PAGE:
Show of Netherlandish art another charm of Brugge [sic.]

The Washington Times, June 15, 2002, p. E4.

Bruges — “European Capital of Culture” — Celebrates Native Son Jan Van Eyck

by Jason Edward Kaufman

BRUGES, BELGIUM. With its well-maintained canals, cobblestone streets, and broad squares lined with ancient townhouses, storybook buildings, soaring church spires, and cool leafy parks, Bruges is one of the most picturesque towns in Europe, an eye-caressing medieval set-piece that draws busloads of tourists to its many charms, not the least of which is the gracious hospitality of the English-speaking natives. The museums and historic sites are superb and within a pleasant walk from one another, the food is elegant and delicious, and the hotels upscale and amazingly low-priced.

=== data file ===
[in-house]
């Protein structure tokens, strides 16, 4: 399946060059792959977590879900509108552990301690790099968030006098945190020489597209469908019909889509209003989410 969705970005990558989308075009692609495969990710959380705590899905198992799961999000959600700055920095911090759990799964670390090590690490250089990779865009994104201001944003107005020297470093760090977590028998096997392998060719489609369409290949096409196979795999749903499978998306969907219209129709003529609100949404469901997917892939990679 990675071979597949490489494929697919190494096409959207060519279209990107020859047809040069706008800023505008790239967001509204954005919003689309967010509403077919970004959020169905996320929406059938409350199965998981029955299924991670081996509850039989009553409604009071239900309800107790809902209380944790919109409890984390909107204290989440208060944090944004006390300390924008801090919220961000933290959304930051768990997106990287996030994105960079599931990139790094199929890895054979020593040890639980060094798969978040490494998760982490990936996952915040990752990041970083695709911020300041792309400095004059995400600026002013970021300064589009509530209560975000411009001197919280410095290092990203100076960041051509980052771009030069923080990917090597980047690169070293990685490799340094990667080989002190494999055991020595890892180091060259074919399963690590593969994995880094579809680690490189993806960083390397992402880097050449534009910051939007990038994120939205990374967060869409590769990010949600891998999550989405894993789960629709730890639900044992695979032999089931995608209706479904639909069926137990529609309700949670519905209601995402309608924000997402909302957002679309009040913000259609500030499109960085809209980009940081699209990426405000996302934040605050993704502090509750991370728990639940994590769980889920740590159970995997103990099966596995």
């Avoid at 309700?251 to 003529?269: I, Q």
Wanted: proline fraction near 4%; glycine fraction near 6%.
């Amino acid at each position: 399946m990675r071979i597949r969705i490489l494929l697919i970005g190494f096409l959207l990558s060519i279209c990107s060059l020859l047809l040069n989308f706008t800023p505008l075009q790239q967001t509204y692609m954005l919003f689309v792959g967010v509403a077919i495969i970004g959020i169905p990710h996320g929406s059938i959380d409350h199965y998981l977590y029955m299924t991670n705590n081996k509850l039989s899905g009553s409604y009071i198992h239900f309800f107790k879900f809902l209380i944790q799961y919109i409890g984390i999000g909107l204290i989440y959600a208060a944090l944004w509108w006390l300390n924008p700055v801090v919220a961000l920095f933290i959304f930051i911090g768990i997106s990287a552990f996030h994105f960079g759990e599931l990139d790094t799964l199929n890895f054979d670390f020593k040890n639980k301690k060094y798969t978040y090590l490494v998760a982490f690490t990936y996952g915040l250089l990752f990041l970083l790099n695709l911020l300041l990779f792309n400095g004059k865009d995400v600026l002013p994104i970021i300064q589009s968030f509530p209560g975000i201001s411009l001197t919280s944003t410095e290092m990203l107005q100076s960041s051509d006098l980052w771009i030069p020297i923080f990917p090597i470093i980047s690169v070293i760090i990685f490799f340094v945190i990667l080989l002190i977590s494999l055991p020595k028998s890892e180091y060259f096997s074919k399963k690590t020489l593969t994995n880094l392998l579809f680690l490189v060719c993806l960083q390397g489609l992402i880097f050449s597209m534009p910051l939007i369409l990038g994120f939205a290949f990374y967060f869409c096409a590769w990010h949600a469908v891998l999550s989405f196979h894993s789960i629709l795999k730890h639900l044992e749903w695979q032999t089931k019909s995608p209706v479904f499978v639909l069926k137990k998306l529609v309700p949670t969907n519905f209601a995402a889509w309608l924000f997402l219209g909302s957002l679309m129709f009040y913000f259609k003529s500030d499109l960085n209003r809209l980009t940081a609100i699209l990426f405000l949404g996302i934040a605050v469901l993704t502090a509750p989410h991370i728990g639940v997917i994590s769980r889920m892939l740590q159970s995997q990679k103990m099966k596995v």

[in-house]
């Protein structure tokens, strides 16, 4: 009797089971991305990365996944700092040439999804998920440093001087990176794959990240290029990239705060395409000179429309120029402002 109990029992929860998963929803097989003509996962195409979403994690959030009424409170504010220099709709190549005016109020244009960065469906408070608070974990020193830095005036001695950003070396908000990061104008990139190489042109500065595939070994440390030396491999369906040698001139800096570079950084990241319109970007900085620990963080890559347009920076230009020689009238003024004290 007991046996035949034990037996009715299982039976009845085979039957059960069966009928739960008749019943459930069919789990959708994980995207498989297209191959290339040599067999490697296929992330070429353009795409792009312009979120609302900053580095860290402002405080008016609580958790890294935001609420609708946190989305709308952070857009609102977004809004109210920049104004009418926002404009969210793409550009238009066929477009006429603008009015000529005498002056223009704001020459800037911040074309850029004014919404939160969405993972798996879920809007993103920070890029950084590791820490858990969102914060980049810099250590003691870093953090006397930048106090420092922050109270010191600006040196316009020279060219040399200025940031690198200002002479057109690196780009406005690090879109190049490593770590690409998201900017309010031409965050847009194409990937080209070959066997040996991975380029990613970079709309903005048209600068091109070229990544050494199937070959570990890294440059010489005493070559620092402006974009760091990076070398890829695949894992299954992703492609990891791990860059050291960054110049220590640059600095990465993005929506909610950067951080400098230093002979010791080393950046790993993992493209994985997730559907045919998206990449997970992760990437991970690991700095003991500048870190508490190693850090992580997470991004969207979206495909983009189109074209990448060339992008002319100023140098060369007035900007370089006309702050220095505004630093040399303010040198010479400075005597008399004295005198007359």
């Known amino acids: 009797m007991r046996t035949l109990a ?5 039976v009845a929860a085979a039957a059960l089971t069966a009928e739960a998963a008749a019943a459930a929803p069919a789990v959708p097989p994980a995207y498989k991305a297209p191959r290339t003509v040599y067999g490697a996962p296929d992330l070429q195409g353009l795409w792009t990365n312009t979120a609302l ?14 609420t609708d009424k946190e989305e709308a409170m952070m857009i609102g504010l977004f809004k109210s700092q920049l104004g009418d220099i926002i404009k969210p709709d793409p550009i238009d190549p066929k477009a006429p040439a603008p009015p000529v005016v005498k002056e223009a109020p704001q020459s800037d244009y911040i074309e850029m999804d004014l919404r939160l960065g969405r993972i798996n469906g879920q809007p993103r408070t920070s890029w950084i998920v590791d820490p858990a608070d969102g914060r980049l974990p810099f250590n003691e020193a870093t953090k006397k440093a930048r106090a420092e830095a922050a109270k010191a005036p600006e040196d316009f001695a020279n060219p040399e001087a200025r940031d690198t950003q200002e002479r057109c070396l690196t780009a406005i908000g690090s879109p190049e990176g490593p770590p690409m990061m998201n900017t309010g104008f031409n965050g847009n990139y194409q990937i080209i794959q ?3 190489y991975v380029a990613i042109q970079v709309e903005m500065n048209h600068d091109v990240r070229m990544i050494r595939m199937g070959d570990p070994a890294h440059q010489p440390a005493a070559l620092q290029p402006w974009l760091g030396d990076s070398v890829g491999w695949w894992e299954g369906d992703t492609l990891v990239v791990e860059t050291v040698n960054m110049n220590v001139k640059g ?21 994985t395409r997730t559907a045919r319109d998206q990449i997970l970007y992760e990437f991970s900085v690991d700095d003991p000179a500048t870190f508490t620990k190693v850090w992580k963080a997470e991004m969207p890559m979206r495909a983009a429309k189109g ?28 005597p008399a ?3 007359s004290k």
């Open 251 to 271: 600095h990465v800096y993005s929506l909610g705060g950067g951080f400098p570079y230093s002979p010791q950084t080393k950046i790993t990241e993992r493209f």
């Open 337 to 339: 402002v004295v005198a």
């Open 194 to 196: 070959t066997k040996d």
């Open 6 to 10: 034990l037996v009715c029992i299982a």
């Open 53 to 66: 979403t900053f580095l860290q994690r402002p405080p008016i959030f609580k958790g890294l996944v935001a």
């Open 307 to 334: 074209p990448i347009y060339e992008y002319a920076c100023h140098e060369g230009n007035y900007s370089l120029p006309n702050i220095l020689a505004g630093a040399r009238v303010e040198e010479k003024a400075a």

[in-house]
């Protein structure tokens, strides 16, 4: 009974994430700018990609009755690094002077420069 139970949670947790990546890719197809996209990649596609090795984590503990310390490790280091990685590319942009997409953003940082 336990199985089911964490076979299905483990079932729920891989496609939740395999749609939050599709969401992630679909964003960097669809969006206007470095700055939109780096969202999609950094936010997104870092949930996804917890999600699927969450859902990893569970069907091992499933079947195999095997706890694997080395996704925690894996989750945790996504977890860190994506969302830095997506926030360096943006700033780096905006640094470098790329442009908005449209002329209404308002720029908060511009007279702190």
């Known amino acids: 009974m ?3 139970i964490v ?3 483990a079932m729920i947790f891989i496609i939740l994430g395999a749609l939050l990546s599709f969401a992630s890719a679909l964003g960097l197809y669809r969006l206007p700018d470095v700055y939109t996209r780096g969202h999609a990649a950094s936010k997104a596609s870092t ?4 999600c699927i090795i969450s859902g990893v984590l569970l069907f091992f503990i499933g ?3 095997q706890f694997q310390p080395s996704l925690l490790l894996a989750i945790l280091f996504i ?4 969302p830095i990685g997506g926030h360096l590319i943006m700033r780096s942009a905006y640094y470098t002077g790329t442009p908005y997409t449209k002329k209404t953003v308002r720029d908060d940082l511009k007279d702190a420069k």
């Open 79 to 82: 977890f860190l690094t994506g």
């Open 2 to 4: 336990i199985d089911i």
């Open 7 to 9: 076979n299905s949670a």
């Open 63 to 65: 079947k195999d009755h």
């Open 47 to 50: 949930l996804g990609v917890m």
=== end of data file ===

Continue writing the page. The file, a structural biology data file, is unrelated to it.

And if there is never a bad time to visit Bruges, this year there’s the added attraction of the town’s having been designated “Cultural Capital” of the European Union, sharing the honor with Spain’s comparably beautiful Salamanca. To celebrate, there is a festival of performances and art exhibitions, the centerpiece of which is an ambitious survey of paintings by the legendary Jan van Eyck (c. 1390-1441) and his Renaissance contemporaries.

“Jan van Eyck, Early Netherlandish Painting and Southern Europe,” which remains at the Groeninge Museum through the end of the month, gathers together about a third of the master’s surviving 20-odd paintings, and juxtaposes them with the work of both northern European followers and artists from Spain, Portugal, France, and Italy. The idea is to show that van Eyck’s innovative technique of oil painting influenced artists not just in the Netherlands, but from Iberia to the Adriatic.